AT&T job cuts loom over bargaining with Communications Workers
Workers from CWA Local 6143. | via CWA

AUSTIN, Texas (PAI)—Past and planned job cuts at AT&T are looming over bargaining between the big telecom and the Communications Workers, who represent its employees.

That’s because contrary to promises by AT&T CEO Randall Stephenson at the time GOP President Donald Trump and the GOP congressional majority enacted their $1.7 trillion tax cut for corporations and the rich, AT&T shed 37,800 workers since the measure became law. That includes 4,040 in the last three months of 2019.

The latest job cut, of 200 technicians in California, occurred on Valentine’s Day. On Feb. 21, CWA’s contract with AT&T Southwest Mobility, covering 8,000 workers in Texas, Missouri, Oklahoma, Kansas, and Arkansas, will expire. Bargaining over a new pact for them started in Austin, Texas, on Feb. 4.

And under pressure from a rapacious hedge fund which is only interested in devouring the firm, and not in either its service or its workers, AT&T seeks to cut even more jobs—while using added profits it reaped from the tax cut to spend $30 billion to buy back its own stock, thus lining the hedge fund’s pockets.

The hedge fund, Elliott Management, is also strong-arming AT&T into selling off assets. AT&T recently announced it would unload its Puerto Rico-Virgin Islands affiliate, FirstNet, to a weak and unknown Latin American telecom, jeopardizing 900 union jobs in the U.S. territory beset by natural disasters, joblessness double or triple the national rate, and high poverty.

In short, Wall Street-driven crooked corporate capitalism at its worst.

“The list of communities being destroyed all across America continues to grow with the elimination of jobs at AT&T, despite promises of job creation from company executives,” CWA President Chris Shelton said in a statement before bargaining began.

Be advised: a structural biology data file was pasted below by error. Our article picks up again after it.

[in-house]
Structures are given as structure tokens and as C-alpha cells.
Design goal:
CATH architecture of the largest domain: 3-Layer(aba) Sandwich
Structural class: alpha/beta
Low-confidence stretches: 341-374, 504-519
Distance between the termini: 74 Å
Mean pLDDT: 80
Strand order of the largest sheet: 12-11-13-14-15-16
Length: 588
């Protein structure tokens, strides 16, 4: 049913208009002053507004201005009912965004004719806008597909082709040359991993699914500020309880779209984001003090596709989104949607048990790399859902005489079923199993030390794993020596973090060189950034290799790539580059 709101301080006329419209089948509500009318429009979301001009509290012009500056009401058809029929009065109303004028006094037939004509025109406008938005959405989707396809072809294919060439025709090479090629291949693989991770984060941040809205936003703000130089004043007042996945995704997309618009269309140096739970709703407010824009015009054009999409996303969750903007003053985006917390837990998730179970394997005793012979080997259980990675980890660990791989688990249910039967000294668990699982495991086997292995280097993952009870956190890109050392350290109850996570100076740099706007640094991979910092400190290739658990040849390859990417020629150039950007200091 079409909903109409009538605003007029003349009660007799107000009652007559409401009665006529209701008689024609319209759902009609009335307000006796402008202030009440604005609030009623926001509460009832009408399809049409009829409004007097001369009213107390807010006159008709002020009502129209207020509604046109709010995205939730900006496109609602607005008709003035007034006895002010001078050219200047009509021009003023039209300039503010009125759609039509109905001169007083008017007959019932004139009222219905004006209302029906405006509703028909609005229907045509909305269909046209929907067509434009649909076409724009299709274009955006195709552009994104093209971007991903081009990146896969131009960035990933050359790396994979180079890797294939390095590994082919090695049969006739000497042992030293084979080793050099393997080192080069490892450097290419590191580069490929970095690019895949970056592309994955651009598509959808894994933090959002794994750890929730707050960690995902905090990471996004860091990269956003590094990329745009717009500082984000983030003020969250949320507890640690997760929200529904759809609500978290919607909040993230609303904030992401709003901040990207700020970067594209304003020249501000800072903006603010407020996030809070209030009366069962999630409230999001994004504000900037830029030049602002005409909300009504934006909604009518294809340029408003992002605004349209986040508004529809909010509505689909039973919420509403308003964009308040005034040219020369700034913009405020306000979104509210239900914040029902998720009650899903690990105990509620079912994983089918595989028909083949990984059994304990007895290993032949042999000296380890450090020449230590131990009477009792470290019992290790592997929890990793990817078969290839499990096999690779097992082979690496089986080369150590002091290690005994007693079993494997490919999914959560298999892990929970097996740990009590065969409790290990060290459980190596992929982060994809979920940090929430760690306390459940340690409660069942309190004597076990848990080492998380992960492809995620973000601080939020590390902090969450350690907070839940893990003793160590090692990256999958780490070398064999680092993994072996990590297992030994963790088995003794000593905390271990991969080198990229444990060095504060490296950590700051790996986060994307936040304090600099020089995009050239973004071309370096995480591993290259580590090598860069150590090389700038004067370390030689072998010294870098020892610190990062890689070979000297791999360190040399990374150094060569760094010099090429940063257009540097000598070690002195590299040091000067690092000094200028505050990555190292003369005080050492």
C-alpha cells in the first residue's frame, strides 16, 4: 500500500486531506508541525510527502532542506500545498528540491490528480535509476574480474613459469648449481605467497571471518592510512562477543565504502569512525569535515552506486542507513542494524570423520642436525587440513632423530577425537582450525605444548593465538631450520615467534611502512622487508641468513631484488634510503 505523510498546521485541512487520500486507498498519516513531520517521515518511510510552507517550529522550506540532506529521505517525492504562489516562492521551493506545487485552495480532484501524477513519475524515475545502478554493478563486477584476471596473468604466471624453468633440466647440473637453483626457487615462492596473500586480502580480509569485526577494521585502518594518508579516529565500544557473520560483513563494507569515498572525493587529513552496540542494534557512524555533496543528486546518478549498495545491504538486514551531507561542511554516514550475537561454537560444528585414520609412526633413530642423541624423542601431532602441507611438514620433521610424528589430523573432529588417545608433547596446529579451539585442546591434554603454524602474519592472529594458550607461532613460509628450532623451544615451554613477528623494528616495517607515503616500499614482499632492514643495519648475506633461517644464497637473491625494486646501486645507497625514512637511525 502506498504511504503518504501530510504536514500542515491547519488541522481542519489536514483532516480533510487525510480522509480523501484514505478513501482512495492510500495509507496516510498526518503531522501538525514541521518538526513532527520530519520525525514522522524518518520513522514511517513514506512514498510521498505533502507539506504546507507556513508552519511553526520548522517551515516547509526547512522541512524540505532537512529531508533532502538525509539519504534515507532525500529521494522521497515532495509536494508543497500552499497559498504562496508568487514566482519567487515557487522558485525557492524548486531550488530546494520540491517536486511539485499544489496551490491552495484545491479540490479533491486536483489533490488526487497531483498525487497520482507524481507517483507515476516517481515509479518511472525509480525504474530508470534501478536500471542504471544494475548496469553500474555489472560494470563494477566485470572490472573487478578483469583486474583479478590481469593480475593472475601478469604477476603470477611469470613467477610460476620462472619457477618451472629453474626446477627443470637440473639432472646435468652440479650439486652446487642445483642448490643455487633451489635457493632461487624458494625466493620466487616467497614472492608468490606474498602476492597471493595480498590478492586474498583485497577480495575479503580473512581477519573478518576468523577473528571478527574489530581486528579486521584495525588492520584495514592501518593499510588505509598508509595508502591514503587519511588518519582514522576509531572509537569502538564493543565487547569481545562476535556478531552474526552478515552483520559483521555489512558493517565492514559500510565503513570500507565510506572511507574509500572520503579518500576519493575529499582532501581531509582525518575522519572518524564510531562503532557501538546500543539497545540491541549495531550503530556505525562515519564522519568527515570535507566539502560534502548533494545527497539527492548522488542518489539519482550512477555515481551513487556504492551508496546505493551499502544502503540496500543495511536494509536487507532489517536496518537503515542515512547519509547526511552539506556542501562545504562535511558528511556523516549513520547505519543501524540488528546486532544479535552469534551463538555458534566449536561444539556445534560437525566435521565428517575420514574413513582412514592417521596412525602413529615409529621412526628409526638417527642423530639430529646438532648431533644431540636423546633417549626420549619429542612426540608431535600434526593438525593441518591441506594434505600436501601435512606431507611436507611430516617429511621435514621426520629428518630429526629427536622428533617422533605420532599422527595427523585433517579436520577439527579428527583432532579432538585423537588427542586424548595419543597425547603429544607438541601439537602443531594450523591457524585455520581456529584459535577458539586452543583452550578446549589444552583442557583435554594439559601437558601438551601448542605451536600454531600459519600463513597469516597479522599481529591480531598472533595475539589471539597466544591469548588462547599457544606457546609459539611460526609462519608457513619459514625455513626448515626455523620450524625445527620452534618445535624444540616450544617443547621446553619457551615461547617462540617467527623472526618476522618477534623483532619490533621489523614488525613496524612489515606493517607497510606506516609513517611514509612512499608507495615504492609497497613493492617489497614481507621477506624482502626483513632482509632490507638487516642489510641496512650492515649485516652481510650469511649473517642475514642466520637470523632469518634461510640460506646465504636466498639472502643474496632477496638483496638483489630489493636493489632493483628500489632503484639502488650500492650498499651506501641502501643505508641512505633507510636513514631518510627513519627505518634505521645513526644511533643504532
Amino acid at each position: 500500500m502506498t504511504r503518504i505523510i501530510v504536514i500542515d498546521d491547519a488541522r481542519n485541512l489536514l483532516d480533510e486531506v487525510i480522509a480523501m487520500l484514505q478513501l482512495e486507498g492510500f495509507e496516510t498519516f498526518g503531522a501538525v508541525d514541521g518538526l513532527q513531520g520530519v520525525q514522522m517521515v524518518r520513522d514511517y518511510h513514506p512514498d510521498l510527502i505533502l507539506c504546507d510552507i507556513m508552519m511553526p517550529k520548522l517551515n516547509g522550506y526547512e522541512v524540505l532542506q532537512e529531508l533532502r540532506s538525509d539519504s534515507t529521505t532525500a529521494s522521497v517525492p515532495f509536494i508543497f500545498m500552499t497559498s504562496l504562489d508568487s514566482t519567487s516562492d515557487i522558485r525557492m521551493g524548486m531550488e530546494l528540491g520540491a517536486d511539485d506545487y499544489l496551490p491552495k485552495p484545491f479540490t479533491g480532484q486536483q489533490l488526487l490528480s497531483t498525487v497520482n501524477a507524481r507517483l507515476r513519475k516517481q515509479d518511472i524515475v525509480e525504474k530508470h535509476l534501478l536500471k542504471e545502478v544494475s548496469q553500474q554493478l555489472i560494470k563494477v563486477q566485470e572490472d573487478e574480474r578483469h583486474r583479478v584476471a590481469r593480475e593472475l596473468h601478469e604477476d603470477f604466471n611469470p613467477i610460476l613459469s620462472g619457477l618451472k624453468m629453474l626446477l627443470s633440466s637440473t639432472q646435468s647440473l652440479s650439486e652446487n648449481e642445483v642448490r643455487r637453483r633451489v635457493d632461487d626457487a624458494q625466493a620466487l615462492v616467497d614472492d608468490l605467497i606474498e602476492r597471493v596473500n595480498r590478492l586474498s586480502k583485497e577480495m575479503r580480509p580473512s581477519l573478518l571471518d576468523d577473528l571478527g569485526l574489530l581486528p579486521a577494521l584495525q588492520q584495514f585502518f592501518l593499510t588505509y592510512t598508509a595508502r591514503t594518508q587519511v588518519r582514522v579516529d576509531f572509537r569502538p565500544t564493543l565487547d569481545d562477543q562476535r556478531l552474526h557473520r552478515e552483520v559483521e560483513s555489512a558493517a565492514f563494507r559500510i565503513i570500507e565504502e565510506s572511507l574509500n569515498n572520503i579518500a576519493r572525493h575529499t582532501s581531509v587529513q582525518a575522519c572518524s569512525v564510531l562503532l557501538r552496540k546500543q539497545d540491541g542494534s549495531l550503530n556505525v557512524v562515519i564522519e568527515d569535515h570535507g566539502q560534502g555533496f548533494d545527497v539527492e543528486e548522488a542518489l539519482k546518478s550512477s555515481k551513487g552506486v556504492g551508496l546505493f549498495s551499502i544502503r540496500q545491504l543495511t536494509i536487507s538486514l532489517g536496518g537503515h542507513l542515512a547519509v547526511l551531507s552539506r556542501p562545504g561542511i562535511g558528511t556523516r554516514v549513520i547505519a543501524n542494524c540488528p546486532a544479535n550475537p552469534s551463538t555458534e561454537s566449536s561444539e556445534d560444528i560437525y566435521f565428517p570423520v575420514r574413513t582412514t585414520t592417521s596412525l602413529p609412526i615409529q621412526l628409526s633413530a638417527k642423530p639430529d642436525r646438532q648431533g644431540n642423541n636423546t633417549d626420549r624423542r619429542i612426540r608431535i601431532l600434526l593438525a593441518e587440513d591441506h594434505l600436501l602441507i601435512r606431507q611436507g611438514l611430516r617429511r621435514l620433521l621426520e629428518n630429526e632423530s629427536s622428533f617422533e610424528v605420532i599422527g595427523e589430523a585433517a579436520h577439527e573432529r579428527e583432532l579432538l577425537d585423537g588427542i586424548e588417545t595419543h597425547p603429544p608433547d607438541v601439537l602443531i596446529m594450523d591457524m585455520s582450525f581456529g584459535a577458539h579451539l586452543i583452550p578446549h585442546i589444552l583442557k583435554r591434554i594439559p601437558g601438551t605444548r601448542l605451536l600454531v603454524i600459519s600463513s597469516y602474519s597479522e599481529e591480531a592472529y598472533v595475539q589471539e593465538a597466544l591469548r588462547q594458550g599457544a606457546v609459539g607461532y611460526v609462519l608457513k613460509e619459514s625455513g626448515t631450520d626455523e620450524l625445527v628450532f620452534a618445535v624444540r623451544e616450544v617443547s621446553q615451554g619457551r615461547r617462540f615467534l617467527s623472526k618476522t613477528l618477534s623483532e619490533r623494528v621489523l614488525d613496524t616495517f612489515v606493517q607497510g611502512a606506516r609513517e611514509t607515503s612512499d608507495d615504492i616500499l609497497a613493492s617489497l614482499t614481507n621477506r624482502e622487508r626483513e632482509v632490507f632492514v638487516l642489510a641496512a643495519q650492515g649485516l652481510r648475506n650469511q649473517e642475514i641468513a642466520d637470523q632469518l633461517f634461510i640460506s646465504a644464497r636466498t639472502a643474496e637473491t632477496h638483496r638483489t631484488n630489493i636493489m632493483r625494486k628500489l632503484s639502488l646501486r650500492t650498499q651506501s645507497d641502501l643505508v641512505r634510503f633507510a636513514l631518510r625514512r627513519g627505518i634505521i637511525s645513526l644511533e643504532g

“To make matters worse, AT&T is using its profits to enrich wealthy shareholders instead of investing in building the next generation networks that Americans, especially in rural and underserved areas, desperately need. CWA members and our allies will keep fighting until the company stops eliminating jobs so they can provide high-quality service customers deserve.”

The union also pointed out AT&T’s capital expenditures—money spent to repair and upgrade its system and plants, including broadband—declined by more than $1 billion in 2019, compared to 2018. That discourages and confuses the workers, the union said.

“AT&T keeps saying Mobility is the future of its business, and the future of communication, video, and content. Instead of recognizing the value a well-trained, experienced, union workforce brings, company executives just talk about the need for more cutbacks on labor costs,” the lead bargainer for the AT&T Southwest workers, staff rep Jason Vellmer, said in a statement.

The union had to set up informational picket lines in front of the bargaining site in Austin. It seeks “wage and benefit increases and a commitment to keeping good, family-supporting jobs in the region.”

“The employees of Mobility handle every technology offered to consumers and play a critical role in AT&T’s core business. It’s time for the company to stop focusing so much on pumping up its stock price and focus on investing in its employees and the next generation networks our communities need.”



Press Associates Union News Service provides national coverage of news affecting workers, including activism, politics, economics, legislation in Congress and actions by the White House, federal agencies and the courts that affect working people. Mark Gruenberg is Editor in chief and owner of Press Associates Union News Service, Washington, D.C.